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Migraine Awareness Week
Tips for Managing Migraines
1. Keep a diary of, for example, food, drinks or activities to try to identify any trigger factors.
2. Try to avoid anything that you know triggers your migraine and consider a trial exclusion to assess other potential triggers. Do not avoid things long term just because you have heard they trigger migraine attacks in others if not effective in your case.
3. Eat regularly and avoid sugary snacks to keep blood sugar levels stable.
4. Drink plenty of water (at least two litres a day) and reduce your intake of caffeine, alcohol and soft drinks containing artificial sweeteners.
5. Maintain a regular sleep pattern
6. Try to get some fresh air and exercise every day, such as walking or cycling.
7. Avoid bright, flickering or flashing light and wear sunglasses and / or a hat in bright sunlight.
8. Take regular breaks from work, especially if you use computer monitors.
9. Make your working environment as comfortable as possible. For example, adjust chair to correct height, eliminate glare from windows, lighting or reflective surfaces, adjust the computer screen, maintain good ventilation and ensure the temperature is suited to the work you are doing.
10. Practise relaxation techniques to rid the body of tension and stress.
11. Learn to identify any warning signs that indicate that an attack may be on its way. Take action fast. Warning signs may include stiffness in the neck, becoming clumsy, a bad taste in the mouth or not being able to think clearly.
12. Take your medication early in the attack; it has a much greater chance of working.
13. If your migraine is causing problems or your current treatment is not bringing significant relief, make an appointment with your GP. There are many different treatments now available.
14. Join Migraine Action for support and more information about treatment options, both conventional and complementary.
15. Everyone's migraine experience is different. You should not dismiss symptoms because they are not “standard” symptoms.
For further information or advice about migraines, you can visit . If you, however, have any concerns regarding migraine symptoms, then you should seek advice and support from your GP.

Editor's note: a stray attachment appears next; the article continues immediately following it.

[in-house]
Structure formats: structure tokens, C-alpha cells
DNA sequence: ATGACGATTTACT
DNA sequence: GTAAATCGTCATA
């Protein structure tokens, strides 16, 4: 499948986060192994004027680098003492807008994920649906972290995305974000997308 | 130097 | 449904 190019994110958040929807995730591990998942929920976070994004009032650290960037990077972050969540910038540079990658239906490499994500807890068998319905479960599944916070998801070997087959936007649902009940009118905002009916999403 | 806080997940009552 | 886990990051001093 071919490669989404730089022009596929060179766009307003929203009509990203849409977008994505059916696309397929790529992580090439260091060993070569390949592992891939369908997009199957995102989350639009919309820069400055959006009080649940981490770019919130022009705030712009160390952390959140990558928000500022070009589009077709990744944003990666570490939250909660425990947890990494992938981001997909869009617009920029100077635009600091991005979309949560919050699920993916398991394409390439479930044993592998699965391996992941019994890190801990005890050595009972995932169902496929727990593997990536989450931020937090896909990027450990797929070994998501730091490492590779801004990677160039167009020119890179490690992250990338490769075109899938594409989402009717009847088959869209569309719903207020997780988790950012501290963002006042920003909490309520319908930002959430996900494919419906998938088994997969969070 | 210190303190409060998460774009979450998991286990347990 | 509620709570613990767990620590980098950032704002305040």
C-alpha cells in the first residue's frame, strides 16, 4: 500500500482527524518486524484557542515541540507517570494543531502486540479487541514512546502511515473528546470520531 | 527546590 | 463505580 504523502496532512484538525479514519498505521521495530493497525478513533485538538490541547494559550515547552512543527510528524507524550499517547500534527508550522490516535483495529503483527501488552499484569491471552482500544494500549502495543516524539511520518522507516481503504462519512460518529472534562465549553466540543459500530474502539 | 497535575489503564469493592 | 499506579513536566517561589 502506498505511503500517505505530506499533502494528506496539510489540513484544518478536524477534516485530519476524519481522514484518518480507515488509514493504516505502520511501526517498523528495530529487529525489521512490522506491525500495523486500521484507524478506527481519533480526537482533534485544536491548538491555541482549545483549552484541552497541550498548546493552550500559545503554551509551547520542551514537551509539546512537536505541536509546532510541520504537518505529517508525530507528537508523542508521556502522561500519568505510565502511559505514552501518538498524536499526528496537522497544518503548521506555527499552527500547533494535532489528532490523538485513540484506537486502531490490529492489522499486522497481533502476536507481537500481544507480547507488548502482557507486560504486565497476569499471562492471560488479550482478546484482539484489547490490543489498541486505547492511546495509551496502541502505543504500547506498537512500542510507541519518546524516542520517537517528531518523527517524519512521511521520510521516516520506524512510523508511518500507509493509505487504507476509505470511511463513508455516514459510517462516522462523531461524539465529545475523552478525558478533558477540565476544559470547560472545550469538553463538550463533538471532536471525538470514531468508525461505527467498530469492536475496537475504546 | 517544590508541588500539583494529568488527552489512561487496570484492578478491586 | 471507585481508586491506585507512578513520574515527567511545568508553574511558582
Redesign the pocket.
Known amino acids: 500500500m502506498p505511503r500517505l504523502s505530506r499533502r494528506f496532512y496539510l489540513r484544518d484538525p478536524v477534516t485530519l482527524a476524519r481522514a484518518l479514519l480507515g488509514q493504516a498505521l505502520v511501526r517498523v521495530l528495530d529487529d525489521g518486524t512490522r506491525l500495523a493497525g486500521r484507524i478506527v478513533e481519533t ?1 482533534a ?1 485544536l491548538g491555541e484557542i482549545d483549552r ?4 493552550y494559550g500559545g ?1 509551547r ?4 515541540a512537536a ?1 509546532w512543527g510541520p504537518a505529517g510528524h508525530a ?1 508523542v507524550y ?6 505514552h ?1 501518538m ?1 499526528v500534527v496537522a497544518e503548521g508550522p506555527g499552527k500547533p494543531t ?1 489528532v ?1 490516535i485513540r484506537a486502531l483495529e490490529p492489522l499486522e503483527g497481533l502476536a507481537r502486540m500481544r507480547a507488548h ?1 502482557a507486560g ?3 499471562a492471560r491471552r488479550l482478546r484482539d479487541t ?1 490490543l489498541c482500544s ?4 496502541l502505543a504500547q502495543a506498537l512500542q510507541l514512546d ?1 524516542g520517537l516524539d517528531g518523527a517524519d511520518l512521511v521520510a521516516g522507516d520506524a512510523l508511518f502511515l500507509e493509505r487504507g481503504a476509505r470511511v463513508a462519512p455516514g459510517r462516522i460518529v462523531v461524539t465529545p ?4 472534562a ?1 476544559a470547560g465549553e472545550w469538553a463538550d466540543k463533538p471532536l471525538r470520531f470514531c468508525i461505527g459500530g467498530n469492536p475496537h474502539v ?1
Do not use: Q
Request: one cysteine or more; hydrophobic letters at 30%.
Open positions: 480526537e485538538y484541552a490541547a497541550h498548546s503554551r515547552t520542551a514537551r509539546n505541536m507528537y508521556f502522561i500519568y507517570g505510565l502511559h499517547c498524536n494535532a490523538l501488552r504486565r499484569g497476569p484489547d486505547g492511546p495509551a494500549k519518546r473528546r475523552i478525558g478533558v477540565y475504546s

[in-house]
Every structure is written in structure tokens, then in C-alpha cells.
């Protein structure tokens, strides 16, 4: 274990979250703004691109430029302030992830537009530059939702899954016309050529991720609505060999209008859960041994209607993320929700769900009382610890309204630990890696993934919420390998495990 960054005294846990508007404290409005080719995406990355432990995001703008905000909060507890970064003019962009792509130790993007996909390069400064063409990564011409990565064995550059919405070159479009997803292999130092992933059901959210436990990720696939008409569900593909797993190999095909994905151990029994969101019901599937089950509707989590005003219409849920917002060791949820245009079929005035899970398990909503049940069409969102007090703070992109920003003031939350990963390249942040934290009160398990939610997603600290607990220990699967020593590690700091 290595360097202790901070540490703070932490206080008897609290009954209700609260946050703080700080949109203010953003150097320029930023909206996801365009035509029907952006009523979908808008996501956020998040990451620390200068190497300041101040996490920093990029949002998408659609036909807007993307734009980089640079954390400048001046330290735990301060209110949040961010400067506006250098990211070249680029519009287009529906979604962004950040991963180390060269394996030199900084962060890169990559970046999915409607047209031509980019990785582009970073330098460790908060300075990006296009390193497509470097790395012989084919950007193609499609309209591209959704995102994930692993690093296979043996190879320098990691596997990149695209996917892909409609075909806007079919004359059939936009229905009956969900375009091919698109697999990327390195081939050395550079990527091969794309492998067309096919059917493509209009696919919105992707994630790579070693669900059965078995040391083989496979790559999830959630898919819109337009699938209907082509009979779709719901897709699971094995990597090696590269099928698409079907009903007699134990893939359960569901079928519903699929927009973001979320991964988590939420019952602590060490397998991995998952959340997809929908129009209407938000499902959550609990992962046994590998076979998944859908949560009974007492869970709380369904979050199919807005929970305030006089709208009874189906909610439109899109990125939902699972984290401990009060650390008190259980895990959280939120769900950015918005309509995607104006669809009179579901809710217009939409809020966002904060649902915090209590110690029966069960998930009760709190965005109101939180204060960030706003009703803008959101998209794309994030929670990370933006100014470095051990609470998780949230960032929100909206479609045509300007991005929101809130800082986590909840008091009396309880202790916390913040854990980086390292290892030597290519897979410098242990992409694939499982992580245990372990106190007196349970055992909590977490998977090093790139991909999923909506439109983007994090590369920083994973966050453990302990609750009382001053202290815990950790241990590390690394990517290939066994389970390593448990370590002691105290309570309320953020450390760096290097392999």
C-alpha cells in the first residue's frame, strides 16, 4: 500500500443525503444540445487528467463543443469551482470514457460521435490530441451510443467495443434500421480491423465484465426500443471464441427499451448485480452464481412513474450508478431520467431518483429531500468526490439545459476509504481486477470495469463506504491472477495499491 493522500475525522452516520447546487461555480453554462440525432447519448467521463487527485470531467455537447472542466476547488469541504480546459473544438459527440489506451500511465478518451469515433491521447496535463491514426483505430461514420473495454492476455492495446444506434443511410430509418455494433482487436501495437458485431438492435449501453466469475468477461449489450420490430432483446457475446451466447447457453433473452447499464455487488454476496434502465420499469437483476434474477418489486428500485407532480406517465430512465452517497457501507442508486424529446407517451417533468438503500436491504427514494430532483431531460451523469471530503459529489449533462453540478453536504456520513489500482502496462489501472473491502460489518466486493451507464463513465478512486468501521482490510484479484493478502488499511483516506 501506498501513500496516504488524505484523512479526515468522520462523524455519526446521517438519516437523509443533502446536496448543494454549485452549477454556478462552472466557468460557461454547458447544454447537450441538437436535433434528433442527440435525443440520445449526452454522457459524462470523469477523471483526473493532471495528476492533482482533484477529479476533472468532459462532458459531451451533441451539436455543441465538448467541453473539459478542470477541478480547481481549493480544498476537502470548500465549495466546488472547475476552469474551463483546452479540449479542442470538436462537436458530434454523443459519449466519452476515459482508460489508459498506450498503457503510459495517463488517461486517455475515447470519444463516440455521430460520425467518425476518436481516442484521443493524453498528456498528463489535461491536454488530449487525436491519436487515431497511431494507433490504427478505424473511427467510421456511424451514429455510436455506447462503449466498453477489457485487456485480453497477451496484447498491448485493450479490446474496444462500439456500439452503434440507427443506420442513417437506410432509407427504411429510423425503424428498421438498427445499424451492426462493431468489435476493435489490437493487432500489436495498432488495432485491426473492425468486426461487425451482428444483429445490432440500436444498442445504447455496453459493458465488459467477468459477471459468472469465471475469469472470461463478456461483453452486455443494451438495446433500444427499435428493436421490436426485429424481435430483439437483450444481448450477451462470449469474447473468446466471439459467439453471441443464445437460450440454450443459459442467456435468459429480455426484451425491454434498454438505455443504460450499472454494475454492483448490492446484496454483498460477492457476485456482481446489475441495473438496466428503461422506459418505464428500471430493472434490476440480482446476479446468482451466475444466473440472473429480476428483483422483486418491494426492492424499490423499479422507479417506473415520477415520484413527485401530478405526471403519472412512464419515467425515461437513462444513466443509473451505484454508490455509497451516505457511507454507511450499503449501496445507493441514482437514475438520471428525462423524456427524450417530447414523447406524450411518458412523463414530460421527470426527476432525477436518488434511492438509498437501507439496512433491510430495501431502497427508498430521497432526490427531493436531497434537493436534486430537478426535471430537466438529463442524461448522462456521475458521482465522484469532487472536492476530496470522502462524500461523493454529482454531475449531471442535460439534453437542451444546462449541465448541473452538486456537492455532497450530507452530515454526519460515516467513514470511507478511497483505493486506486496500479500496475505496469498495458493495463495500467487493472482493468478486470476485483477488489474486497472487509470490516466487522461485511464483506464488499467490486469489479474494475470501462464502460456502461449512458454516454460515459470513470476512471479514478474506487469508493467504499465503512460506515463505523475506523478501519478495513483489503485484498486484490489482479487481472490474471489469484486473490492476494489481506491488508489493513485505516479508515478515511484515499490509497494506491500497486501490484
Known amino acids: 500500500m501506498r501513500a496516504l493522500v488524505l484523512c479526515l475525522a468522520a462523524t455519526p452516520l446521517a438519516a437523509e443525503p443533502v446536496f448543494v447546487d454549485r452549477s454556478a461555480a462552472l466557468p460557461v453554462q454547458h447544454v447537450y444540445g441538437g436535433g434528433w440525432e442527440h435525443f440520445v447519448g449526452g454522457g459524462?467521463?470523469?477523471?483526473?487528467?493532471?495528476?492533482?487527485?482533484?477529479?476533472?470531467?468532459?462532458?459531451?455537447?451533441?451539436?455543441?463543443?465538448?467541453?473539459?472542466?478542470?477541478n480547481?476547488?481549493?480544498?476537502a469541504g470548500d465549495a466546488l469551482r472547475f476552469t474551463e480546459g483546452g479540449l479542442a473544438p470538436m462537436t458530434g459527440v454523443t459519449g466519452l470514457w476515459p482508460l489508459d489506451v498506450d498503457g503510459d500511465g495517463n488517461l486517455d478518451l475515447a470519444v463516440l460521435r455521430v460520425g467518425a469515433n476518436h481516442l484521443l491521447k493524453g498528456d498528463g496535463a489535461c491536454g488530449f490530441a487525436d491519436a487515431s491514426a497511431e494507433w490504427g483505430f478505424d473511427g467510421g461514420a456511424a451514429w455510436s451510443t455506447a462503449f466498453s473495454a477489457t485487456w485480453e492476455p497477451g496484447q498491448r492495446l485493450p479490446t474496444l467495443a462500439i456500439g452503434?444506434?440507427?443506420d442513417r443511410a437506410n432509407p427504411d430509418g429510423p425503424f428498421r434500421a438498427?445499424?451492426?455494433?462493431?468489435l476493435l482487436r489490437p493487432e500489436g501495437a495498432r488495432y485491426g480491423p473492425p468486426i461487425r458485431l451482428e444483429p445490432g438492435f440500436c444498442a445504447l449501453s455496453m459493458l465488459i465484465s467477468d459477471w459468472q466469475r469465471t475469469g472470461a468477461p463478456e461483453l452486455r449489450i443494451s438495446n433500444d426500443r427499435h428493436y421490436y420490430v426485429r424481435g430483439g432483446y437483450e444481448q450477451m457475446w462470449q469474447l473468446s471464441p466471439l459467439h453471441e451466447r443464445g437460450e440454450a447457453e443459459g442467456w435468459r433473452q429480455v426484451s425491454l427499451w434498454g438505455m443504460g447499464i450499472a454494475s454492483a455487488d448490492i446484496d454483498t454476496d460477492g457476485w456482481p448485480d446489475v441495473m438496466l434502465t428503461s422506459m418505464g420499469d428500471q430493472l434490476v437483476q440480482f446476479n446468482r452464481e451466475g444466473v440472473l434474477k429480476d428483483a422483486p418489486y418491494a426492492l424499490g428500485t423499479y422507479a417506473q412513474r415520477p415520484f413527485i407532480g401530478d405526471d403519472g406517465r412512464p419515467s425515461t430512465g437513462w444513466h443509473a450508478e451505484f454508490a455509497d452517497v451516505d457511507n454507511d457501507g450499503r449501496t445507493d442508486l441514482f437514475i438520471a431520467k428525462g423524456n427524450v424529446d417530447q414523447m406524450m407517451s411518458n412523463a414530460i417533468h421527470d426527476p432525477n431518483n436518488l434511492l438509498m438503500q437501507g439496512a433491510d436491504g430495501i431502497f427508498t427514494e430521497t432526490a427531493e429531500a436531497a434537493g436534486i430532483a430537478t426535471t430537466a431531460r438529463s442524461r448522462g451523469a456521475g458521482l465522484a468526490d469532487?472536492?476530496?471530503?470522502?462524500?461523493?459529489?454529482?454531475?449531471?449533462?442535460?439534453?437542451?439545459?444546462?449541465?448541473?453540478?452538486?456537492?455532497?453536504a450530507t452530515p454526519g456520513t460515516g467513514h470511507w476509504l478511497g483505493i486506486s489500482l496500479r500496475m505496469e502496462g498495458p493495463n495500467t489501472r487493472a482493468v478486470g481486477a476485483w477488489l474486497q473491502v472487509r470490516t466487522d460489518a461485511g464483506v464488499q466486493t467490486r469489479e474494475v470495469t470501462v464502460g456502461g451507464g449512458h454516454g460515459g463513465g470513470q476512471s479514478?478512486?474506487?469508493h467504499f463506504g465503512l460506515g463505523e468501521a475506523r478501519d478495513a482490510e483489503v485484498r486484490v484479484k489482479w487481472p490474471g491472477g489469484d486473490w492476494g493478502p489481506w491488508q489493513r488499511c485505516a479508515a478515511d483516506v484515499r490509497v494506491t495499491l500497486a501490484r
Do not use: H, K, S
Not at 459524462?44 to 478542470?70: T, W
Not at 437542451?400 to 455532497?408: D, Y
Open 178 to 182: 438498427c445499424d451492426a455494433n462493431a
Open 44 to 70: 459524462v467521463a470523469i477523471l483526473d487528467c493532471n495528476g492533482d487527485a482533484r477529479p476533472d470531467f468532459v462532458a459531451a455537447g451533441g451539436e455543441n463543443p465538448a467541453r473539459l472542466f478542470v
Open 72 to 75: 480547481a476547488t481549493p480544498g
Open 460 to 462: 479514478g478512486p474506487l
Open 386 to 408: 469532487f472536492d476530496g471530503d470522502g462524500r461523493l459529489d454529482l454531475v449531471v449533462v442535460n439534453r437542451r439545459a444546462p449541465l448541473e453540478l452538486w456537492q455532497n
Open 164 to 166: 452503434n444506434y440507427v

6-12th September
Migraine is the most common neurological condition; it affects people of all ages, social classes, races and cultures.
Migraine attacks can last between four and 72 hours. People are more likely to experience migraines between the ages of 20 and 50-years-old.
What is a migraine?
A migraine is more than just a headache. For most, the main feature is a painful headache, however, some can occur without the headaches. Other symptoms may be:
• Visual disturbances (e.g. auras). • Nausea and vomiting.
• Sensitivity to light.
• Sensitivity to noise/smells.
• Tingling/ pins and needles.
• Weakness/ numbness in the limbs.
A variety of factors can trigger a migraine. For most people, there is not just the one trigger but a combination of factors, which individually can be tolerated but when they occur together a threshold is passed and a migraine is triggered.
Although not all migraines follow the same pattern, there generally tends to be five phases to a migraine attack:
1. The Prodrome (warning) Stage.
Signs such as mood change, tiredness, an unusual hunger or thirst can happen up to 48 hours before an attack.
2. The Aura.
This part of the attack can last up to an hour and usually precedes the headache. Symptoms may include for example visual disturbances, pins and needles and confusion.
3. The Main Stage of the Attack.
A headache will often be present along with other symptoms, such as nausea and/or vomiting and can last between 4 and 72 hours.
4. Resolution/Postdrome Stage.
The pain gradually eases or may disappear but feelings of lethargy may remain.
5. Recovery Stage.
It can take a few days to fully recover, or for the more lucky ones, recovery can be surprisingly quick.

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